The Associated Students Legislative Council convened for its first meeting of the 2007-08 academic year yesterday, discussing future plans in addition to questioning at length the legality of funding a new Santa Barbara music festival.

In a three-hour meeting, members tabled a bill for next week that aims to improve communications between the Daily Nexus and A.S., while also making several internal committee appointments.

Regarding the appointments, council members tabled their decision on selecting Michael Lambright, a third-year philosophy major, as A.S. attorney general, due to concerns over an opinion piece published in the Nexus last Spring Quarter (“Leg Council Breaks Promises to Students,” Daily Nexus, May 15).

According to the A.S. Legal Code, the attorney general bears the responsibility of investigating and prosecuting cases brought before the student government’s judicial council in which the A.S. Constitution & By-Laws are violated.

In Lambright’s column, he criticized an A.S. Finance Board funding decision made last year, which was also approved by the A.S. Legislative Council. The funding regarded the Black Pioneers Renaissance Organization’s annual Women of Color Appreciation ceremony. In his column, Lambright stated that the event was not open to all UCSB students and thus not in compliance with last year’s Finance Board Rules and Regulations. Additionally, Lambright wrote, “It seems that our legislative council has lost touch with the student body.”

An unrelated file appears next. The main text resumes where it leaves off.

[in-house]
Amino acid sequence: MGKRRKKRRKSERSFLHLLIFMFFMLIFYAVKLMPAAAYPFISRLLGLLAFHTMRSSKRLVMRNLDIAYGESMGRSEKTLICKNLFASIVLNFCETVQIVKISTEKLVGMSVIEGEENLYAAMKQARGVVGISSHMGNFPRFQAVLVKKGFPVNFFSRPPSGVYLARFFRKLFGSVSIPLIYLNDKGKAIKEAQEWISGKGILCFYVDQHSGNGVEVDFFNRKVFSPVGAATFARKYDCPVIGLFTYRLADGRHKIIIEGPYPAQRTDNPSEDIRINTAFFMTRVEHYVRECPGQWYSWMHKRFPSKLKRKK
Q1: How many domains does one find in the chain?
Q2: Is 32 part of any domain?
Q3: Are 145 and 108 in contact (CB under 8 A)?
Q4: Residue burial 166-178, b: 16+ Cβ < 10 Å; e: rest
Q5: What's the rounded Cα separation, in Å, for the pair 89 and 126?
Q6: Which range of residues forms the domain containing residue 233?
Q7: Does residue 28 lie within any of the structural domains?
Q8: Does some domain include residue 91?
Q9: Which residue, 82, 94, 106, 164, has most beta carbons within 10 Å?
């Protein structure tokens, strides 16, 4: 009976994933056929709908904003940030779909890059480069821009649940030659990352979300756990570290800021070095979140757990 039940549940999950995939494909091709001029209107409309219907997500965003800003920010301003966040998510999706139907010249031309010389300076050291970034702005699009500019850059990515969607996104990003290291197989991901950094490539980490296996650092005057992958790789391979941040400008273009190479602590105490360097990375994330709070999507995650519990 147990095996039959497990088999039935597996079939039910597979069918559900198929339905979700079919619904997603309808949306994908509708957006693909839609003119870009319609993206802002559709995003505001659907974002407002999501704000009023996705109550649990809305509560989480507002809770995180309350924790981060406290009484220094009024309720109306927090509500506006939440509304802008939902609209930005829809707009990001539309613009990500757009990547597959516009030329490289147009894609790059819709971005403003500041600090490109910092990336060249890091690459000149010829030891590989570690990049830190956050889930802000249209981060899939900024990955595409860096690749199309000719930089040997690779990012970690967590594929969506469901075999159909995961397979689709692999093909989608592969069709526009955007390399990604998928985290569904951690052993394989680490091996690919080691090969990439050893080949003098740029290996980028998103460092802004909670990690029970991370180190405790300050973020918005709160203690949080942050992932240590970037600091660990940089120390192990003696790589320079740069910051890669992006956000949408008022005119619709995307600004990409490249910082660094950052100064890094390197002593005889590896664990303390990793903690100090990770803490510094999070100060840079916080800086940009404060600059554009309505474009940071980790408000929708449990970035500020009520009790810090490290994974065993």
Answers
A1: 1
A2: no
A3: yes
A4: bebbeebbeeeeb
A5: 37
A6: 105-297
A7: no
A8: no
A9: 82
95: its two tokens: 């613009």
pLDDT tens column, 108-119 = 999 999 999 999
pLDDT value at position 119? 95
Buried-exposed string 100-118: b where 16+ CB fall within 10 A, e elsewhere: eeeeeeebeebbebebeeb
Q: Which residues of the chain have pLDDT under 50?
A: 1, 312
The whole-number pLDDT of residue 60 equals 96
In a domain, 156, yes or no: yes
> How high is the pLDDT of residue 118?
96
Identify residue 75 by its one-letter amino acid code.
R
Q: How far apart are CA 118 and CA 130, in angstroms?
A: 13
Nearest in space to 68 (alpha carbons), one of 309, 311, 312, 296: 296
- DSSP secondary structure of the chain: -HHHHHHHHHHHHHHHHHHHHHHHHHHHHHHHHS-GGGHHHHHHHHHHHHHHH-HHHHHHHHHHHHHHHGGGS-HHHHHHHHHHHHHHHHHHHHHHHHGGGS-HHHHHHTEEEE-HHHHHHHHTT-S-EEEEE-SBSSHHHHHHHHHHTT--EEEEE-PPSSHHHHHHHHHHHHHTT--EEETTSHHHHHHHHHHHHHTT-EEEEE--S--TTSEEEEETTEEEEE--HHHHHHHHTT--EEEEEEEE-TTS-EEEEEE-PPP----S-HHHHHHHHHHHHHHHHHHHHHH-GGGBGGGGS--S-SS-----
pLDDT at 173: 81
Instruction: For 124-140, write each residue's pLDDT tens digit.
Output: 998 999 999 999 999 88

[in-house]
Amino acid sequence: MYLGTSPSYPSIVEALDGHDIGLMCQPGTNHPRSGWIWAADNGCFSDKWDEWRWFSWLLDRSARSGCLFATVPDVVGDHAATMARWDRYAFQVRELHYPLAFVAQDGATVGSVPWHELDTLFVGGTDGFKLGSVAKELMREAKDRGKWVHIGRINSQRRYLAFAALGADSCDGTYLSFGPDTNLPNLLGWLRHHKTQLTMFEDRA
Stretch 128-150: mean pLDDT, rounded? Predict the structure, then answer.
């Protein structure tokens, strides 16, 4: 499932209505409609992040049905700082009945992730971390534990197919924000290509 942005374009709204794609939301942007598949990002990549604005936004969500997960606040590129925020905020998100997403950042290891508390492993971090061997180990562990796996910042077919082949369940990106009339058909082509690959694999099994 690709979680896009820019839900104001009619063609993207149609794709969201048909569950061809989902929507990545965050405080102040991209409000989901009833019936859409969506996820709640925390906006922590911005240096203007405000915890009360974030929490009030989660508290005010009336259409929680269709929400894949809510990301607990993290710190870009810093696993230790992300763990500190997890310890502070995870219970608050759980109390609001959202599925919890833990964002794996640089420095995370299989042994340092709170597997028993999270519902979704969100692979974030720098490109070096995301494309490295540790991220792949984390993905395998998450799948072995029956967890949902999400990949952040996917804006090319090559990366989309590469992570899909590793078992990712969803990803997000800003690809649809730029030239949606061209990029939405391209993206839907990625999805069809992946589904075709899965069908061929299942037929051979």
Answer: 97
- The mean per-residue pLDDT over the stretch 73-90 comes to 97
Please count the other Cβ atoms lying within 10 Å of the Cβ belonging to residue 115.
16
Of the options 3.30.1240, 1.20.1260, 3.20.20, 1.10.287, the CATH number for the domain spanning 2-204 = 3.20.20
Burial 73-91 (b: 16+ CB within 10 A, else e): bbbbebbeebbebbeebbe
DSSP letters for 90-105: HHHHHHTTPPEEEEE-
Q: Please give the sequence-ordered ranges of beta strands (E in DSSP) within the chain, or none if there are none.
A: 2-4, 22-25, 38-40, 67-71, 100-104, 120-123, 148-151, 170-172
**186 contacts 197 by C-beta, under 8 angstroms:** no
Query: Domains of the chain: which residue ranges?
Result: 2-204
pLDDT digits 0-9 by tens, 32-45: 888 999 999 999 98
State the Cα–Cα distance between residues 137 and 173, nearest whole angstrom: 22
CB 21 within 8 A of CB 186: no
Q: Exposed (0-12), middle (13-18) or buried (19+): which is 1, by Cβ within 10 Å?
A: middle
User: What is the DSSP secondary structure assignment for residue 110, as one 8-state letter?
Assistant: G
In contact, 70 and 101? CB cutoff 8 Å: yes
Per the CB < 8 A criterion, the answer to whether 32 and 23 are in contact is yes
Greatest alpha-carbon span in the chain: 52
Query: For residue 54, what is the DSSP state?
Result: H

Members decided to table his appointment in order to question him about what many deemed a pre-conceived bias against A.S. during the next meeting.

However, the bulk of the evening focused on a debate over funding the West Beach Music Festival, a concert in downtown Santa Barbara on Oct. 27.

Council members raised several issues about the funding, including its current requirement for attendees to be 21. Members also took issue with the fact that the event’s location is in downtown Santa Barbara rather than in Isla Vista. Furthermore, members noted the event is not hosted by a student organization.

Jeremy Pemberton, a fourth-year political science student and the president of Twiin Productions Inc., the company sponsoring the program, said he was confident about the event’s success regardless of A.S. involvement. However, he also said he wanted to make the festival an important UCSB event in the future.

“Jump on board this year with some compromises, but know that years to come will be so much bigger and better,” Pemberton said.

However, A.S. President Stephanie Brower said funding the event could result in several violations.

“We can’t do anything that pits us against another board or community,” Brower said. “And since Program Board specifically does festivals and events, we are now usurping their powers of festivals. Per my interpretation, that is in direct violation of that policy and possibly offensive to members of Program Board.”

Citing these charges, members tabled the decision indefinitely with consent.

In addition, A.S. underwent some internal changes over the summer, appointing its new executive director, Marisela Marquez.

Marquez briefly shared her plans for the year, noting that her priorities for the coming weeks include addressing A.S.’s desire for additional space and analyzing the impact of the Students’ Initiative, a $100 per student per quarter fee increase that includes a return-to-aid surcharge that passed last Fall Quarter.

Internal Vice President Matt Jackson said his main goal for the year is to increase the council’s transparency to the campus community.

“This is about holding you all accountable to your constituents,” Jackson said. “I’d like to see you all attend your meetings.”